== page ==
109 The Power of Pleasure – Repenting in Happiness -Special Holiday Edition – Rosh Hashanah – Yom Kippur – Sukkoth – Based on a class form Rabbi Avigdor Miller -Hashem wanted to give Adam HaRishon physical pleasure, in order that Adam should say, “Hashem, I love you.”
The Torah Podcast Transcript
The Torah Podcast 109 – The Power of Pleasure – Repenting in Happiness
Special HolidayEdtion — Rosh Hashana, Yom Kippur and Sukkos – Based on a class by Rabbi Avigdor Miller
Rav Avigdor Miller wants to explain that when the spies came to Eretz Yisroel, it was already 400 years after God promised the land to the Jewish people. What was going on during that period? The land was being cultivated by the Canaanim. By the time the Jewish people came to the land, the possuk says, “Tov ha’aretz meod meod.” The land is very, very good. The land flowed with milk and honey, and it was the most cultivated place on the planet. The fruits were enormous, it took eight men to carry a cluster of grapes. And the Gemara in Berachos 44a says that Rav Yochanan used to take his talmidim to Ginosar to taste the fruits there. It’s next to the Kineret. And even though it was after the destruction of the Beis Hamigdash, the fruits there were still close the original level, so Rav Yochanan used to take his talmidim there to taste the fruits.
Rav Miller wants to explain that they went there in order to taste the gashmius, the physical, the blessing that was bestowed on our forefathers, the physical blessing. They didn’t want to just have an intellectual understanding of the happiness that our forefathers had, while they were Eretz Yisroel in its glory, they wanted to taste it, they wanted to feel it. He wants to explain he said, “Yedia Chushis,” they wanted to have the same feeling that our forefathers had. And even though these were the greatest thinkers of all time, the greatest intellectuals, but they ate and they ate in order to experience the pleasure of what our forefathers had in Eretz Yisroel, because they wanted to understand what does it mean that the land was tov meod meod, very, very good. This is the land that God gave to the Jewish people. What does that mean? And how does it feel to be truly blessed by Hashem in the physical world? They wanted to understand that.
With this, we could understand the connection between Rosh Hashana, Yom Kippur and Sukkos. Rosh Hashana is a time when we have to make Hashem the King. It’s a time to get the concept that God is running the world. Then comes Yom Kippur, and we need to repent. We need to check out our actions, and we need to feel the heaviness of our sins. And we have to make sure we take responsibility, and we’re filled with fear, and the heaviness, and the responsibility for our deeds. Rav Miller wants to explain, all of this is bedi eved, this is all after the sin of Adam HaRishon. He says, “Really, the Mesillas Yesharim brings down that man was created in this world for pleasure. And that’s because happiness is the true way to come close to God, and it’s the most effective and the most important thing that a person could have in order to come close to God.” Happiness, pleasure. And therefore, Rosh Hashana and Yom Kippur come before Sukkos. It’s all a preparation for the real serving of God, which happens on Sukkos, a time of our simcha, zman simchaseinu. Sukkos is a time of true happiness. He explains that when man was created, he was put into Gan Eden, and Eden means “pleasure, delight.” And he was put into an orchard with trees, and beautiful fruits, and everything that he could possibly want on the physical level. So, he asks, “Adam HaRishon, the first man, was the most intellectual being that existed in the universe. He could see from one end of the world to the other. He gave all the names to all the animals. He was a conceptual person.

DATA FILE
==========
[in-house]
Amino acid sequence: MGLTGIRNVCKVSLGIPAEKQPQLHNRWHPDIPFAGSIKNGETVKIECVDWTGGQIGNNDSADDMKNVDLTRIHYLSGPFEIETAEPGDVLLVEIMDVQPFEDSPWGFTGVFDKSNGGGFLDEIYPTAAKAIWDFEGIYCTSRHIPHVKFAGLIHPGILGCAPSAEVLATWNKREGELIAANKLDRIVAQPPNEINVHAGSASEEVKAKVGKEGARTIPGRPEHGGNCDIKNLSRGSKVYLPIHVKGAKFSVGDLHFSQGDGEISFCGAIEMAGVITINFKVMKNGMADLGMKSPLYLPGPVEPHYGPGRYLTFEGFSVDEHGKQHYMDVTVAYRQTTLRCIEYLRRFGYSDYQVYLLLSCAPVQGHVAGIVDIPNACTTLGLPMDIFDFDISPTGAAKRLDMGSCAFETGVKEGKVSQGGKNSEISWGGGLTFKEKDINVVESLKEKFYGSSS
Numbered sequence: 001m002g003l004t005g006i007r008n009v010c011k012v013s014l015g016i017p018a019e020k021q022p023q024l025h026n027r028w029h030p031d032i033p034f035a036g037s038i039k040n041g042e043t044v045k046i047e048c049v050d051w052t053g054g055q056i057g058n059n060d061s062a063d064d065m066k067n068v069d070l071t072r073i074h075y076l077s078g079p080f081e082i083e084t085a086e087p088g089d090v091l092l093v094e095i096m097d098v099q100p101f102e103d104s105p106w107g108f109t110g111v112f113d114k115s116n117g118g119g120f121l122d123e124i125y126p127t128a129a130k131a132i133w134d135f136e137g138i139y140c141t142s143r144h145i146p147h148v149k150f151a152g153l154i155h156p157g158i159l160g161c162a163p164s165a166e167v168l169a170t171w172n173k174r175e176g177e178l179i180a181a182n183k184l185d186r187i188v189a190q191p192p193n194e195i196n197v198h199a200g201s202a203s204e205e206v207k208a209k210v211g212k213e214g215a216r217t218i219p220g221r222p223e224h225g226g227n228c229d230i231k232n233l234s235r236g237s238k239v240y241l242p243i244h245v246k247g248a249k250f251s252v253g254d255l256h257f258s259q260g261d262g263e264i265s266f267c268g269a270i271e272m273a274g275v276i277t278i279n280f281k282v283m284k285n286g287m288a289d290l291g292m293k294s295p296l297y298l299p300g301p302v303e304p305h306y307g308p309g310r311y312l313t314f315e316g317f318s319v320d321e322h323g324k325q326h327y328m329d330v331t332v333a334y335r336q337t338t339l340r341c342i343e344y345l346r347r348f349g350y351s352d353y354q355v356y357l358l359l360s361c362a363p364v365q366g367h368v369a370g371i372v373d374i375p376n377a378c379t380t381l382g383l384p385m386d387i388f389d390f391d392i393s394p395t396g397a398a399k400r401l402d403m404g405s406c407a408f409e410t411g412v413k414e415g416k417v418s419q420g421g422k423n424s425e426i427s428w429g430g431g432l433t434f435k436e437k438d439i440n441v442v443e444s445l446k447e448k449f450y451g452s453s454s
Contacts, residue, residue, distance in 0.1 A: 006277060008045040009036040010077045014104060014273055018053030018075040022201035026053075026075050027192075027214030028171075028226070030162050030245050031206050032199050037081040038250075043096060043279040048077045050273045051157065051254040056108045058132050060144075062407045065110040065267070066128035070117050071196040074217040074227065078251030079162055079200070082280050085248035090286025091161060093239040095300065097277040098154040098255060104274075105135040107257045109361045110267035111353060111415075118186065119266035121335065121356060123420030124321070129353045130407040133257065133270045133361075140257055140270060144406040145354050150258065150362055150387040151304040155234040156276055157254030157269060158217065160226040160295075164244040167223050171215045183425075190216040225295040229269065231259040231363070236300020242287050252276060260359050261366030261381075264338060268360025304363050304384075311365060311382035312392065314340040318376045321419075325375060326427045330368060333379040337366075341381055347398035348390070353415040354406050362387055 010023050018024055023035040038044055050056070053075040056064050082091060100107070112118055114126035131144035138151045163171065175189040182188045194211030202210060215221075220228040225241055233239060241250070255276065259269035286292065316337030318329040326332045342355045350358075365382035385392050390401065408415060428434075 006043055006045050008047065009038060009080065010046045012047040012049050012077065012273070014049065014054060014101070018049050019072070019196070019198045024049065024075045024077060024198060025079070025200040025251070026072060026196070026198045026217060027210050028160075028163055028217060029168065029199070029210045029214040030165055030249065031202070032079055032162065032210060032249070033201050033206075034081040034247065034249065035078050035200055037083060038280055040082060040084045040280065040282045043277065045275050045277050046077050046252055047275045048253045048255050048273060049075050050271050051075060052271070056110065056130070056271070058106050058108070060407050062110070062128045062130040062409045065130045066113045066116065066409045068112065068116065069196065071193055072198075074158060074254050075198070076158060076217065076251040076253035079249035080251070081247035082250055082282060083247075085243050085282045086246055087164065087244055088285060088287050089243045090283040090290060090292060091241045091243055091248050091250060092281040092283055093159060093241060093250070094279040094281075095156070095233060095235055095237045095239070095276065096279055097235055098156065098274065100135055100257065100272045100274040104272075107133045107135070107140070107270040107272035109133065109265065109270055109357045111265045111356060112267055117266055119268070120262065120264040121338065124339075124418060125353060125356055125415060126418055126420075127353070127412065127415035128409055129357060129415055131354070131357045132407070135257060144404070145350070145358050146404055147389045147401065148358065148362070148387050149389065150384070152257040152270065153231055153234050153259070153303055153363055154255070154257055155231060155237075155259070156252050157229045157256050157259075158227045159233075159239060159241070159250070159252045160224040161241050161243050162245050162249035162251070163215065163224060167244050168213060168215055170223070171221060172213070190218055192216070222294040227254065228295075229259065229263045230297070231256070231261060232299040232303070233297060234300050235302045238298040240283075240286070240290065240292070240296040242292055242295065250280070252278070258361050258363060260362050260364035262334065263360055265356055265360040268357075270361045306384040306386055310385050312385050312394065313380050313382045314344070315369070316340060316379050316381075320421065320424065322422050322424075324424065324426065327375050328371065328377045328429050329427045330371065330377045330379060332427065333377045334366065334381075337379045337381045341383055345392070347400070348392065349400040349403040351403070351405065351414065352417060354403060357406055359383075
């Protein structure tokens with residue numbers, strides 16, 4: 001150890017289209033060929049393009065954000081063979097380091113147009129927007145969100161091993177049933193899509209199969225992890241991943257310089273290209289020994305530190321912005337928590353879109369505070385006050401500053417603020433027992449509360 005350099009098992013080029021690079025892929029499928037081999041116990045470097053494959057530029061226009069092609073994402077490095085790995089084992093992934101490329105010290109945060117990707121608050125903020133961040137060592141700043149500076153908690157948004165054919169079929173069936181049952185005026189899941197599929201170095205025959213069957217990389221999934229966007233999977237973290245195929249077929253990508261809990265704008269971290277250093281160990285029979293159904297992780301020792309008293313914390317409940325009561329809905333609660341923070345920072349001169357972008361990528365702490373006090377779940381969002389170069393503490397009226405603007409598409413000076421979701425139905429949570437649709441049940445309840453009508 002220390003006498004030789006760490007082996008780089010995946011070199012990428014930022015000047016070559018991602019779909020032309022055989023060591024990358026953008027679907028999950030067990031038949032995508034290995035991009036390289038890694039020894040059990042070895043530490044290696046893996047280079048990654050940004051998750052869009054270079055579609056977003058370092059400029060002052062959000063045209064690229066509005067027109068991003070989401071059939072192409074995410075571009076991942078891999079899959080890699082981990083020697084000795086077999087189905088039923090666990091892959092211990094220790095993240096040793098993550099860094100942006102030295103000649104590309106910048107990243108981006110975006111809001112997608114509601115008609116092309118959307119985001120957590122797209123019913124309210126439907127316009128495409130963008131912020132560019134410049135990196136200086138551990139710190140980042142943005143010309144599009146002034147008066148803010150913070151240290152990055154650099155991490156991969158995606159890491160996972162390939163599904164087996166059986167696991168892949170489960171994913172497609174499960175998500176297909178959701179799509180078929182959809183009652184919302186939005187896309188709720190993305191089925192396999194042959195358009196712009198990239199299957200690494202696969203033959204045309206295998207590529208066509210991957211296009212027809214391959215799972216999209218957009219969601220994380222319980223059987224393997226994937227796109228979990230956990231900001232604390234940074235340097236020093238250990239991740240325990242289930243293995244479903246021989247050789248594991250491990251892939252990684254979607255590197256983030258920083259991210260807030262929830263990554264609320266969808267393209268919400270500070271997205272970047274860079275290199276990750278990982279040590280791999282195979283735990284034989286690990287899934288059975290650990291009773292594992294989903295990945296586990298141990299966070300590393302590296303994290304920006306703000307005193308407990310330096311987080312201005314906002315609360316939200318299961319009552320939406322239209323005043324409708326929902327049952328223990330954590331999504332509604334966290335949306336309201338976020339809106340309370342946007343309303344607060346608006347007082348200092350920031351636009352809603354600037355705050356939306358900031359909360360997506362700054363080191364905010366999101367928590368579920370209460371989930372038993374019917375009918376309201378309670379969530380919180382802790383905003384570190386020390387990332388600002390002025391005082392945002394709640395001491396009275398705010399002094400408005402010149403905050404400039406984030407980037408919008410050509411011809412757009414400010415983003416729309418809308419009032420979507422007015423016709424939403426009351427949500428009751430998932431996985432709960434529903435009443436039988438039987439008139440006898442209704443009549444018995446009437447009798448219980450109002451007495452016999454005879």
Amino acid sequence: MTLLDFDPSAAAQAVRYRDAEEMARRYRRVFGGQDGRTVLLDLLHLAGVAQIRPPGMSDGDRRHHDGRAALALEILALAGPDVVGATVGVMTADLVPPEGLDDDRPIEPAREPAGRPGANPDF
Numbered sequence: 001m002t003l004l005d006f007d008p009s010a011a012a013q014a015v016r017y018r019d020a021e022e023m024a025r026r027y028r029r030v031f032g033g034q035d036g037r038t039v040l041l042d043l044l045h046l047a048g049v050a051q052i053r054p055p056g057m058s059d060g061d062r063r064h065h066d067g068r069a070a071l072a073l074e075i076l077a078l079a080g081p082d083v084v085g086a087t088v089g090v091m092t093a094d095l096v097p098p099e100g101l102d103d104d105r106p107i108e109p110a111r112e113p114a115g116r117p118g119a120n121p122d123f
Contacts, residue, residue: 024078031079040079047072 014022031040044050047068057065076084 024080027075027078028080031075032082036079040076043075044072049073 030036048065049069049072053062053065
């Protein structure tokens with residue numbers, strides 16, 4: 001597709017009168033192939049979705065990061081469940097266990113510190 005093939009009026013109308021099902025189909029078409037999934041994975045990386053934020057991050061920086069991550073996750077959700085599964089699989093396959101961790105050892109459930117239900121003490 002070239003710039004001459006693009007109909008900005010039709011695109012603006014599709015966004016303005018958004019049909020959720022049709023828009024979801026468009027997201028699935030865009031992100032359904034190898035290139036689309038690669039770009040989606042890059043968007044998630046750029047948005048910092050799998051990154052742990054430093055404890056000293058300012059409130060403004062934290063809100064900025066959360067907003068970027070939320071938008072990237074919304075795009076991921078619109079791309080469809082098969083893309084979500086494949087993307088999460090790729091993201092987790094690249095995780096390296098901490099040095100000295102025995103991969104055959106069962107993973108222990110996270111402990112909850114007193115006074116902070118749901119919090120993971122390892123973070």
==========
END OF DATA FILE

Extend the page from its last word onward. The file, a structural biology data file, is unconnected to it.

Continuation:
Why was the gift that God gave him physical? Give him something intellectual. Fruit trees, an orchard, is that what you would give Rabbi Akiva Eiger? No, you’d buy him seforim, you’d buy him books. You would give him something to advance his intellectual curiosity, not a nice hotel filled with the physical pleasures. So, what’s going on here? He wants to explain that Hashem wanted to give Adam HaRishon physical pleasure in order that Adam should say, “Hashem, I love you.” He gave him the gashmius, he gave him the physical in order to bring him closer to Hashem. And in this way, Adam would understand the chessed, the kindness of Hashem. He would sing to Hashem, he would come closer to Hashem by receiving the physical. And with each different fruit that Adam saw, he would go higher and higher. He saw a pear, he saw an apple. He saw the red in the apple, where did the red come from? The ground is not red, the tree is not red. Why is the apple red? And with each different pleasure he would come closer and closer to God. He would see the greatness of God. And when you see all the wonderful things that God gives you for your pleasure, there is no limit to your happiness. There’s no limit to the desire to come closer and closer to God.
And why did Yitzhak ask Esav to bring him venison in order to bless him? Because there’s no comparison, giving a blessing to a son who didn’t give you pleasure, as compared to a son who just brought you pleasure. He wanted to give him a greater blessing. This is the nature of man, our physical pleasure draws us to the source of that pleasure. And the happiness that you have on Sukkos and the dancing that you do on Simchas Torah is all a sign of how close you are, and how close you feel to God. It’s an expression of that. So, if Rosh Hashanah and Yom Kippur worked and you came close, so surely you will experience tremendous happiness during Sukkos and Simchas Torah. But if you’re wasting your time during Sukkos and Simchas Torah you’re outside the shul talking, that’s surely a sign that you’re not really close.